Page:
Q & A With Barbara Fairchild: Her New Website, Twitter + The Sometimes Questionable Expertise of the Web
Barbara Fairchild has had a busy year, which is something of a vast understatement. She's in the process of leaving Bon Appétit, the magazine she'd been with for 32 years, has just come out with another cookbook, is developing a website and has just joined Twitter.
We called her up the other day to chat about all this, starting with the cookbook, which weighed in at 6 1/2 pounds on our kitchen scale and is about the size of our unabridged Random House dictionary. It's an impressive book -- which has already made it onto The New York Times best-seller list -- which we'll be reviewing later on today or tomorrow, with a recipe for Fairchild's favorite tres leches cake.
Turn the page for the interview...
Squid Ink: So, can we talk about your new book? It's really, really big.
Barbara Fairchild: It's really big and it's really beautiful and it's really useful. So it's all of those same things that you like to have in your home all at once. Because I think it's usefulness is what speaks to the people who buy it. Really it is approachable and what I really like about it is the whisk ratings that we did. I've been telling everybody that you can do a Julie & Julia thing and start with the ones and work your way up to the most difficult ones. And the first chapter with all the techniques and the tips are worth the price of admission alone. I'm very proud of this book. It's doing very well and it seems to have a life of its own beyond my life at the magazine. It's got legs, as they say.
SI: Legs and whisks. How long a project was this?
BF: It took about 2 1/2 years altogether. We made the proposal just as Fast, Easy, Fresh was coming out in 2008, because the best time to pitch a book is when you've got a winner already in the marketplace. We had talked about doing this because we had such a wealth of information and it seemed like a nice subject because there didn't seem to be anything in the marketplace with this breadth and variety. You really don't need another dessert book for a very long time if you buy this one, because it runs the gamut.
SI: These were all Bon Appétit published recipes. What percentage of the published dessert recipes would this enormous book comprise, more or less?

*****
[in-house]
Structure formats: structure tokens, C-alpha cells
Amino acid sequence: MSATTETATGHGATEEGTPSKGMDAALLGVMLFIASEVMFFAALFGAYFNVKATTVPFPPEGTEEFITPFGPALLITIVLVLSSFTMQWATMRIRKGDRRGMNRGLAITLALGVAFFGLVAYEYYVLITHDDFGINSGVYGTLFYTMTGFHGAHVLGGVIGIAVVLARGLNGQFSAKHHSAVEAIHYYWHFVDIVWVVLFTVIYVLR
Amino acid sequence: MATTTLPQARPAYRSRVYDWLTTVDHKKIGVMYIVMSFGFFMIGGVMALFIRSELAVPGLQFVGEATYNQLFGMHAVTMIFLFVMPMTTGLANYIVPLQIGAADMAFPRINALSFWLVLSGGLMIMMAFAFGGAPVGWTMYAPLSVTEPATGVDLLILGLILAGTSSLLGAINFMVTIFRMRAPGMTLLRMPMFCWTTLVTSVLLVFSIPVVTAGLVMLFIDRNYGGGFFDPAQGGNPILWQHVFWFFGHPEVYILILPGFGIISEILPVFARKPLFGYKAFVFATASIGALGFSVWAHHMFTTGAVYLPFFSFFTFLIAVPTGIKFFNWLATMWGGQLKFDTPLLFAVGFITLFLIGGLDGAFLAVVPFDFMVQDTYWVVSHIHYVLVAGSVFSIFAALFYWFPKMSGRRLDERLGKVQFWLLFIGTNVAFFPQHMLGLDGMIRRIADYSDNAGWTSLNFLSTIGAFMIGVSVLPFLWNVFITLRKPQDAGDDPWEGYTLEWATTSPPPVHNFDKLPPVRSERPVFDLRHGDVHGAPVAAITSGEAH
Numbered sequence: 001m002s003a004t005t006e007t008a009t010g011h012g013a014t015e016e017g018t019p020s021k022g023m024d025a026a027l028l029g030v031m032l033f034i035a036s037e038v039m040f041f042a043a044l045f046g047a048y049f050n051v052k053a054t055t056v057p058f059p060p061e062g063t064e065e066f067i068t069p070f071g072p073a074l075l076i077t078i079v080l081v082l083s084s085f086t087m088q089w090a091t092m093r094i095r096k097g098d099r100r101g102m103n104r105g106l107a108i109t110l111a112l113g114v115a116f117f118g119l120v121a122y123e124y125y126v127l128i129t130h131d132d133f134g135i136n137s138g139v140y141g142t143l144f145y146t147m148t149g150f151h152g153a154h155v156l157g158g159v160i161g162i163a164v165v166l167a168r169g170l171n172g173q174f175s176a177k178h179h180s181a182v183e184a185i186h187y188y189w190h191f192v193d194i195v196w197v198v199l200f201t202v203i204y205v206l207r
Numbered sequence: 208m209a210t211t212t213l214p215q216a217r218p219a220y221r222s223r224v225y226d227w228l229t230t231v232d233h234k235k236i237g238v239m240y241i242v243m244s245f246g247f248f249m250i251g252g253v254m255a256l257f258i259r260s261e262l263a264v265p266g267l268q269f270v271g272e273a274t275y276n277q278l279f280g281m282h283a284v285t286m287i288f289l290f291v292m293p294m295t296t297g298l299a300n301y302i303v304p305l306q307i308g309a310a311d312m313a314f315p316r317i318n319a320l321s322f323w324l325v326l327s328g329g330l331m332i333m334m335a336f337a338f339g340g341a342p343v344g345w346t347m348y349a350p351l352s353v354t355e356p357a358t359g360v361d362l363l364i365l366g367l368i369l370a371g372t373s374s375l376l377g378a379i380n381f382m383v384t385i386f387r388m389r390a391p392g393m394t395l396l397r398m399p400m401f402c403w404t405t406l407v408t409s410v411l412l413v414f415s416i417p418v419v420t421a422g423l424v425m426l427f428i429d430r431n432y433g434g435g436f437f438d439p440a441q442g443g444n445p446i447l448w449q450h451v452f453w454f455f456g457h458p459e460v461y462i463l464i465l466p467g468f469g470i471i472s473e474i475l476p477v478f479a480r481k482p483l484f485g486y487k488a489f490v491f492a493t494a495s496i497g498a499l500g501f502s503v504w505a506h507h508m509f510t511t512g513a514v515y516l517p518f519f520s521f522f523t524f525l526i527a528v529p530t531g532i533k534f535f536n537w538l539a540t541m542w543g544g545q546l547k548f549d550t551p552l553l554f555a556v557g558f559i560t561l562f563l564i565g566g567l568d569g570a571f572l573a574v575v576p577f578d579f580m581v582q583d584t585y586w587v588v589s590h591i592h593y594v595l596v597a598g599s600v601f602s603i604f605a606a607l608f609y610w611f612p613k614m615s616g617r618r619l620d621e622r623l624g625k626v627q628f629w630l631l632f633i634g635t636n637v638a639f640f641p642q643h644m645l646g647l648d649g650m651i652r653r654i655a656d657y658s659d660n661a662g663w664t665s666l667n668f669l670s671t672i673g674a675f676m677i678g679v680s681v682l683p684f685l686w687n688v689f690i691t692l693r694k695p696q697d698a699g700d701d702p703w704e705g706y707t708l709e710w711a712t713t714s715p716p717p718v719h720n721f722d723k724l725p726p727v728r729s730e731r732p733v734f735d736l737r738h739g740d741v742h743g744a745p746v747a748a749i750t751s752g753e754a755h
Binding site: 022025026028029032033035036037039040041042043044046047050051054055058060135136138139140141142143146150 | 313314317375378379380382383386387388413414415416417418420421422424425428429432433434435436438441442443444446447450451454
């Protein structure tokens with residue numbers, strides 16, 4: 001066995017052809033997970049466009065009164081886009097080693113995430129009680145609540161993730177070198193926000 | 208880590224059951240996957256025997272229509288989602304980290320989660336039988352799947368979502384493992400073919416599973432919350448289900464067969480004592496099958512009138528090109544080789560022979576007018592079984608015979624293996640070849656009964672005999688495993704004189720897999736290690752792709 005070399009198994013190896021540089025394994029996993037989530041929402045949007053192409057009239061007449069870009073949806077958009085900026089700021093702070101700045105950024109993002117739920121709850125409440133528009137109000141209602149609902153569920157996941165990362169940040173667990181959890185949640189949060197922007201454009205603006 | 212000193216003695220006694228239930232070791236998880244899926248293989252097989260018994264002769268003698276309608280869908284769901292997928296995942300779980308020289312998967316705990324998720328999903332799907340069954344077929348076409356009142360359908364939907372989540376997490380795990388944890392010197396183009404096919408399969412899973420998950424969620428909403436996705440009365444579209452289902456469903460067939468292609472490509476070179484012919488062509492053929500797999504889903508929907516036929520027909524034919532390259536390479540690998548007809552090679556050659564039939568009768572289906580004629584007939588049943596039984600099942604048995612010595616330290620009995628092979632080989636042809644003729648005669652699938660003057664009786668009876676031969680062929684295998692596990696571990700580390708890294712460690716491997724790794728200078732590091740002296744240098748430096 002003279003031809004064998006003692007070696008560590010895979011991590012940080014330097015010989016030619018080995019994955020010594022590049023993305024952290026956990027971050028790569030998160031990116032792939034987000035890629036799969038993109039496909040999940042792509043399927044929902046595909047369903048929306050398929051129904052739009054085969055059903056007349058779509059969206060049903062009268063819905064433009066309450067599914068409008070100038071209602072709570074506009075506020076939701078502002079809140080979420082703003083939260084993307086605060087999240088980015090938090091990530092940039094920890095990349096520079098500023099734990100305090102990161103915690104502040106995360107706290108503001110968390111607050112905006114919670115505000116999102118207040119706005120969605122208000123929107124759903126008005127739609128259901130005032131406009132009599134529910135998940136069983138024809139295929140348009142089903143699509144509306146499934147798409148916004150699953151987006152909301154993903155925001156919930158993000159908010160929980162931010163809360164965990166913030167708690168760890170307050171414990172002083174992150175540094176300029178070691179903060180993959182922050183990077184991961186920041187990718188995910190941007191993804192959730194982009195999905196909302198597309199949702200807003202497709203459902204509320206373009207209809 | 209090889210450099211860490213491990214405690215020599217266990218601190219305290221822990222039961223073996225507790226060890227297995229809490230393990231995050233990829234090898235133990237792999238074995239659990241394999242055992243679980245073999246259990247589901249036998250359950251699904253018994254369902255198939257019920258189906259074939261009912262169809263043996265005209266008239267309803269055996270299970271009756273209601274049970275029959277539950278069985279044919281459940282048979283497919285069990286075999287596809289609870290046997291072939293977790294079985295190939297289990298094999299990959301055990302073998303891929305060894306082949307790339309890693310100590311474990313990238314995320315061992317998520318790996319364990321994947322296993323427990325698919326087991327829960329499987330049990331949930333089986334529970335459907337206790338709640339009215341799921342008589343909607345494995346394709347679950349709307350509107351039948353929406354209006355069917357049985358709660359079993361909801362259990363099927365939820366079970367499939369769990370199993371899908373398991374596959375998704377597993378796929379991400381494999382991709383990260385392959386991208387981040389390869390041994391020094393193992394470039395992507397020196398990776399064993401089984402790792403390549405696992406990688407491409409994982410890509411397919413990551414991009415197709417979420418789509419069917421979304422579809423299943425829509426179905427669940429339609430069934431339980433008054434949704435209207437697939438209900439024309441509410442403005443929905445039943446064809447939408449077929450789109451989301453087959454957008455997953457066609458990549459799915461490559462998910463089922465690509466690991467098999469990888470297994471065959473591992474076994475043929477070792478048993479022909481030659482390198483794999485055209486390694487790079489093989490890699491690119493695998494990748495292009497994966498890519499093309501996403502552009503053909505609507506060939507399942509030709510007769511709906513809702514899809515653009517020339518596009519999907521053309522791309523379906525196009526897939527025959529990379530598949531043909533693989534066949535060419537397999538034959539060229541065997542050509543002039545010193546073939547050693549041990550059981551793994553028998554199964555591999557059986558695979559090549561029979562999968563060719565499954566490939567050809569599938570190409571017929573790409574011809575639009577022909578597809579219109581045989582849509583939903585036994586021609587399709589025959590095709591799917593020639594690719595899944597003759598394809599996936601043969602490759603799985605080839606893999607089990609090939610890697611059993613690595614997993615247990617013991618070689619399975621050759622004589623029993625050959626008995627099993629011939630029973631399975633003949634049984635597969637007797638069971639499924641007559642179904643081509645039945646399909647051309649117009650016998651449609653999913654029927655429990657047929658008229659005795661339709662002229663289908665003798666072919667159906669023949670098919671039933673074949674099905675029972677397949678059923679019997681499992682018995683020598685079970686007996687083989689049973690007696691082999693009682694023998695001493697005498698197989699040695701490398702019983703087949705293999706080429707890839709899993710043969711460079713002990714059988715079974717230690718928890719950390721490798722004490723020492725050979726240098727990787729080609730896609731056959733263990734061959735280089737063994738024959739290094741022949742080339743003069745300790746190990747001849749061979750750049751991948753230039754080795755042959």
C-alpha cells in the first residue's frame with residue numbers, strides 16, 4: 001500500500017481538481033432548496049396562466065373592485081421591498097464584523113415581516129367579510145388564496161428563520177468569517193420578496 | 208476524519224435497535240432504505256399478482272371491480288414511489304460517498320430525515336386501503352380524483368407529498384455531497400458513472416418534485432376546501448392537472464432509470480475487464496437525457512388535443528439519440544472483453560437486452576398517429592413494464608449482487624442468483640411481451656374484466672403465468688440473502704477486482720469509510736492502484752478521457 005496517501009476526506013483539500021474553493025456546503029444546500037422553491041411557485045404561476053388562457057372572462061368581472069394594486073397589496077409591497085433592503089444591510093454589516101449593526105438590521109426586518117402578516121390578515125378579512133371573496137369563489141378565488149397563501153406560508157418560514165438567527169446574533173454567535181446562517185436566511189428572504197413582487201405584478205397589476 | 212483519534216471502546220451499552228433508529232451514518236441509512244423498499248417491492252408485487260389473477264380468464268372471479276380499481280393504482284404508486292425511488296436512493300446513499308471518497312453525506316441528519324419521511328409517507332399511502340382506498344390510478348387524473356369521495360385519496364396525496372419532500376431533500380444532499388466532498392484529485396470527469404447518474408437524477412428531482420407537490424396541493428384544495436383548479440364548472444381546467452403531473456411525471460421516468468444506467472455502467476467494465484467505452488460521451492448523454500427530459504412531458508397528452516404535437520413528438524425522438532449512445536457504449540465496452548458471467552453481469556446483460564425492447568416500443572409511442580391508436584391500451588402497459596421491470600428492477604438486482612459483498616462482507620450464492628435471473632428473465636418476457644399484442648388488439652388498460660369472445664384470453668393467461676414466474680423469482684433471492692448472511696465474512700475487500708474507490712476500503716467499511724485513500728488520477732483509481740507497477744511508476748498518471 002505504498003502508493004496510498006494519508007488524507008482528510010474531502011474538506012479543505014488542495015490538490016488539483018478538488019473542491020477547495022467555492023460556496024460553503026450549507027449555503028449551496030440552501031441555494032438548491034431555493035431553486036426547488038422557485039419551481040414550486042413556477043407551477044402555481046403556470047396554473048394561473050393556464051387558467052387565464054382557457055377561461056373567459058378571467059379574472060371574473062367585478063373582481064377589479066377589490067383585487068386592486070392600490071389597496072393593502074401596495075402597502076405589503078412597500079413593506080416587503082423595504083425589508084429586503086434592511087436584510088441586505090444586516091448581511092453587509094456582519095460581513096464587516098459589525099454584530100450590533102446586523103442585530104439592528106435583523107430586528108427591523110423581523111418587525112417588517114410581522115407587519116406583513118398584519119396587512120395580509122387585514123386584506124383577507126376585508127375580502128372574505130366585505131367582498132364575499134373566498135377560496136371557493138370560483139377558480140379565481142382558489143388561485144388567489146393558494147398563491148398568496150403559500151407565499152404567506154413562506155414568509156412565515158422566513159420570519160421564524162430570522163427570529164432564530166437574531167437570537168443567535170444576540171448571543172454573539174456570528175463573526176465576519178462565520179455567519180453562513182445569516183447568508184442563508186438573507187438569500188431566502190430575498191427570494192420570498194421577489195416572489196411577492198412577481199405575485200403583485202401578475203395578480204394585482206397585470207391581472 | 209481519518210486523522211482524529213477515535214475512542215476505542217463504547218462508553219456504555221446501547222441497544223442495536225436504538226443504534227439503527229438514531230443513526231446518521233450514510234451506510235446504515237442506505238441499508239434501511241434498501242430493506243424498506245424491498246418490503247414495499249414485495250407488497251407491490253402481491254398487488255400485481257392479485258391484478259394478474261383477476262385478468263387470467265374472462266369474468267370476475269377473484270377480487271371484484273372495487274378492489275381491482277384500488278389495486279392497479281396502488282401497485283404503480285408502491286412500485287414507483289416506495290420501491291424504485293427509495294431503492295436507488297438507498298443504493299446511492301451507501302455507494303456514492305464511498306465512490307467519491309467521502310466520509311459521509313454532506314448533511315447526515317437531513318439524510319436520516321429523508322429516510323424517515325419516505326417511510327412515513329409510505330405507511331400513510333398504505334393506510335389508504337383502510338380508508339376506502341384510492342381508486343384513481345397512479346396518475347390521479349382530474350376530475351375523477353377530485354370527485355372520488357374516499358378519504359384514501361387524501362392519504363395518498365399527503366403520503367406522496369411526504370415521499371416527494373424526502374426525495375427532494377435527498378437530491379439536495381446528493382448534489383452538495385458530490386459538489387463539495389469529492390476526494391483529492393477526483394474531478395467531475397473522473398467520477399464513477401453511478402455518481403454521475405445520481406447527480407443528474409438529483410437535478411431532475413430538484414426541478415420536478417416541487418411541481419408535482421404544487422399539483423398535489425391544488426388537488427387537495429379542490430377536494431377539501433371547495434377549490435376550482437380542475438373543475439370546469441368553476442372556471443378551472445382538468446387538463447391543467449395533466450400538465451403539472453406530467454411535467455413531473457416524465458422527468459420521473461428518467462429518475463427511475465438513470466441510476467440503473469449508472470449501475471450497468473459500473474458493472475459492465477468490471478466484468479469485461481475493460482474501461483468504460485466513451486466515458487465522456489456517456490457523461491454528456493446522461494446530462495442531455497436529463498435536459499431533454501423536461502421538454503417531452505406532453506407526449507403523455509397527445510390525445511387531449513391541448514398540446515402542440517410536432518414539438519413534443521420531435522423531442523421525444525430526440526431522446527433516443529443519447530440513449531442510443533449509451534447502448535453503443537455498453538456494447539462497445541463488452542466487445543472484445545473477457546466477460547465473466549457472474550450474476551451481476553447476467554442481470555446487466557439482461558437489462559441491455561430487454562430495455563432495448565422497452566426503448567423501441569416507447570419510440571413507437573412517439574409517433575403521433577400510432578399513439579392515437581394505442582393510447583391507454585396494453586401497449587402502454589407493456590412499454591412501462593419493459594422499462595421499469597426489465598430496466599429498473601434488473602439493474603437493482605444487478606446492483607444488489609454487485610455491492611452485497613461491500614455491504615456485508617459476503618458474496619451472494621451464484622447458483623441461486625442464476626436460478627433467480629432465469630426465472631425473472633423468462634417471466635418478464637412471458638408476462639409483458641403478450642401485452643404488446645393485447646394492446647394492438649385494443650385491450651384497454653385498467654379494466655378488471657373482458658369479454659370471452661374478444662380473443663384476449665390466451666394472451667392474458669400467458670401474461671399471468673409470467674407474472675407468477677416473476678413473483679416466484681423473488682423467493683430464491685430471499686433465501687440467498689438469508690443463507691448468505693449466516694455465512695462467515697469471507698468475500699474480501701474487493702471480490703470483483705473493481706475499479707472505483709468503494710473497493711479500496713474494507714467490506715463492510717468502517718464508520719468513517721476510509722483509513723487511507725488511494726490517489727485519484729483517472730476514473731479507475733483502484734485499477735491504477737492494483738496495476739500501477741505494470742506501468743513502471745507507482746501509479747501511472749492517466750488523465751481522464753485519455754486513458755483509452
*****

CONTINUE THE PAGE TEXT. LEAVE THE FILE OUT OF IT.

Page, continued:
BF: Gee, that would be hard to guess, because we run a dessert story in every single issue. That was something that I was very keen on doing because we knew that our readers are very keen dessert makers, and everybody likes to look at the pictures, whether you make desserts or not. So, twelve issues a year, 6 or 7 recipes each time, sometimes more, you know, there was really a wealth of information to draw from. We didn't go super far back, because I didn't want it to be so old fashioned that it seemed musty and dusty. Because I think one thing that's happened to desserts, certainly over the last 10 years, is that we have desserts reflecting different ethnicities, which is certainly something that we never had before. You know, it was all apple pie and chocolate cake and vanilla ice cream. Now you have things that are flavored with chile and pepper and lavender, and I wanted the book to speak to some of these more modern elements. Because people taste them in restaurants and it makes them more interested in making them at home.
SI: And all those things are more readily available now.
BF: Absolutely. And of course with the internet, if you're willing to wait for the ingredient, it's changed the entire world of ingredient purchasing. It's so different from when I started at the magazine. We had to either go to someplace across the town or you just couldn't get it. Now there are no seasons, technically.
SI: So much has changed recently in food publications. You've left, or rather moved on; Ruth Reichl has left-and-moved-on. The food world seems to have changed pretty dramatically pretty quickly.
BF: It has, hasn't it? I'm obviously completely aware of that; I was aware of that even before Bon Appétit got moved to New York, or the announcement was made. I feel that really the internet and television have really taken over in the last 5 years. They've taken over in a good way, in that they have expanded the audience and the appreciation of food and really made it a part of the national conversation.
It's effected it in a negative way because now everybody all of a sudden is now an expert, especially on the web, and you know, I think there are some people who have a lot of influence who don't necessarily deserve to have influence.
I completely like the fact that food has grown on television, but I'm sort of sitting back sometimes in shock at the people who are actually talking about it and are considered the new experts.
SI: Yeah. And many people and publications don't test recipes anymore either. It's kind of a similar problem.